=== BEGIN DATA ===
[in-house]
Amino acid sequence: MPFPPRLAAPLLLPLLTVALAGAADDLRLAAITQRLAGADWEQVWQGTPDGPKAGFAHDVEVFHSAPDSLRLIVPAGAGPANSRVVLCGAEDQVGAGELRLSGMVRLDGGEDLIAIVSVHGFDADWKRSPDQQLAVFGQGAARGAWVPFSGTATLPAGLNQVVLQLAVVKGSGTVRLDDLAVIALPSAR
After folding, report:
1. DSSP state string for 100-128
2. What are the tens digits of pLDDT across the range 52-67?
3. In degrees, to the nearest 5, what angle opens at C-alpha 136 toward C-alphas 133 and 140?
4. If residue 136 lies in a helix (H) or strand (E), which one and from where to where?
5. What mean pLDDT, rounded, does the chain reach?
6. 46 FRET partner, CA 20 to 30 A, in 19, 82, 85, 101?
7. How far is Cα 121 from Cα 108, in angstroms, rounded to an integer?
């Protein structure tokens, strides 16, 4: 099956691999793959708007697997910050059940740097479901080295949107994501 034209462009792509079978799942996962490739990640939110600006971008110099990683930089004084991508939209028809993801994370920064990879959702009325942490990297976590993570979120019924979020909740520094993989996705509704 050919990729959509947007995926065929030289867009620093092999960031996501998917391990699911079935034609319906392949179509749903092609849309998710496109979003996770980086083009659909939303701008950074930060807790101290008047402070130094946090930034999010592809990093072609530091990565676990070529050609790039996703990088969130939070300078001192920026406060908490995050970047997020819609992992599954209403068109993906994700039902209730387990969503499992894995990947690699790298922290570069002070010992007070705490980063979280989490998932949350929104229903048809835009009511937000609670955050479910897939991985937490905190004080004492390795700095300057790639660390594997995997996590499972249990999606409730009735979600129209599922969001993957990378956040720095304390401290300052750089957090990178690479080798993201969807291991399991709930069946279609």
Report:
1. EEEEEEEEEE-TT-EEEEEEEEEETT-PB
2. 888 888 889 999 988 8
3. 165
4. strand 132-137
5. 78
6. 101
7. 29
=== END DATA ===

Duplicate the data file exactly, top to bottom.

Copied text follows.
[in-house]
Amino acid sequence: MPFPPRLAAPLLLPLLTVALAGAADDLRLAAITQRLAGADWEQVWQGTPDGPKAGFAHDVEVFHSAPDSLRLIVPAGAGPANSRVVLCGAEDQVGAGELRLSGMVRLDGGEDLIAIVSVHGFDADWKRSPDQQLAVFGQGAARGAWVPFSGTATLPAGLNQVVLQLAVVKGSGTVRLDDLAVIALPSAR
After folding, report:
1. DSSP state string for 100-128
2. What are the tens digits of pLDDT across the range 52-67?
3. In degrees, to the nearest 5, what angle opens at C-alpha 136 toward C-alphas 133 and 140?
4. If residue 136 lies in a helix (H) or strand (E), which one and from where to where?
5. What mean pLDDT, rounded, does the chain reach?
6. 46 FRET partner, CA 20 to 30 A, in 19, 82, 85, 101?
7. How far is Cα 121 from Cα 108, in angstroms, rounded to an integer?
């Protein structure tokens, strides 16, 4: 099956691999793959708007697997910050059940740097479901080295949107994501 034209462009792509079978799942996962490739990640939110600006971008110099990683930089004084991508939209028809993801994370920064990879959702009325942490990297976590993570979120019924979020909740520094993989996705509704 050919990729959509947007995926065929030289867009620093092999960031996501998917391990699911079935034609319906392949179509749903092609849309998710496109979003996770980086083009659909939303701008950074930060807790101290008047402070130094946090930034999010592809990093072609530091990565676990070529050609790039996703990088969130939070300078001192920026406060908490995050970047997020819609992992599954209403068109993906994700039902209730387990969503499992894995990947690699790298922290570069002070010992007070705490980063979280989490998932949350929104229903048809835009009511937000609670955050479910897939991985937490905190004080004492390795700095300057790639660390594997995997996590499972249990999606409730009735979600129209599922969001993957990378956040720095304390401290300052750089957090990178690479080798993201969807291991399991709930069946279609």
Report:
1. EEEEEEEEEE-TT-EEEEEEEEEETT-PB
2. 888 888 889 999 988 8
3. 165
4. strand 132-137
5. 78
6. 101
7. 29